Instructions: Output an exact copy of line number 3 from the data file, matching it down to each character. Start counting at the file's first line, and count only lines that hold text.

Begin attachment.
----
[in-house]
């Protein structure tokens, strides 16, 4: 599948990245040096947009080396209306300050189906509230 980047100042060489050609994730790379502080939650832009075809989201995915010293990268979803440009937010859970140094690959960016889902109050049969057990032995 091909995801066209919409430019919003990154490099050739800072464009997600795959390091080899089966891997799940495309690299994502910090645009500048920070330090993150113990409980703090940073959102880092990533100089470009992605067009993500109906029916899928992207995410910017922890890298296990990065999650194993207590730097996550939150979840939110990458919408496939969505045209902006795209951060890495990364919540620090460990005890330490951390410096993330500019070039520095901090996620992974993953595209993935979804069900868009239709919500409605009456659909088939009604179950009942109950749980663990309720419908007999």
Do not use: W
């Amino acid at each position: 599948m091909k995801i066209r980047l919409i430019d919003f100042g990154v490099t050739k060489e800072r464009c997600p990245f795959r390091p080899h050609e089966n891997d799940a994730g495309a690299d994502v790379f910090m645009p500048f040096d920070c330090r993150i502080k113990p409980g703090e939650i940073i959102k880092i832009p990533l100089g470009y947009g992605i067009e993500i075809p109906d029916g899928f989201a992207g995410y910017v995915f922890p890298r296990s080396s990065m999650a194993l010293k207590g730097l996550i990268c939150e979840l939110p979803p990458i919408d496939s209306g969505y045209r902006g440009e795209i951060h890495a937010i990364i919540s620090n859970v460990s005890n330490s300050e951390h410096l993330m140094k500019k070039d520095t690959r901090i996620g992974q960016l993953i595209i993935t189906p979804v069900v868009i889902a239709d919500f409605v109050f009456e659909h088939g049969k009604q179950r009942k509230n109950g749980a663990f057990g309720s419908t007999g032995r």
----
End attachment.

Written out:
Do not use: W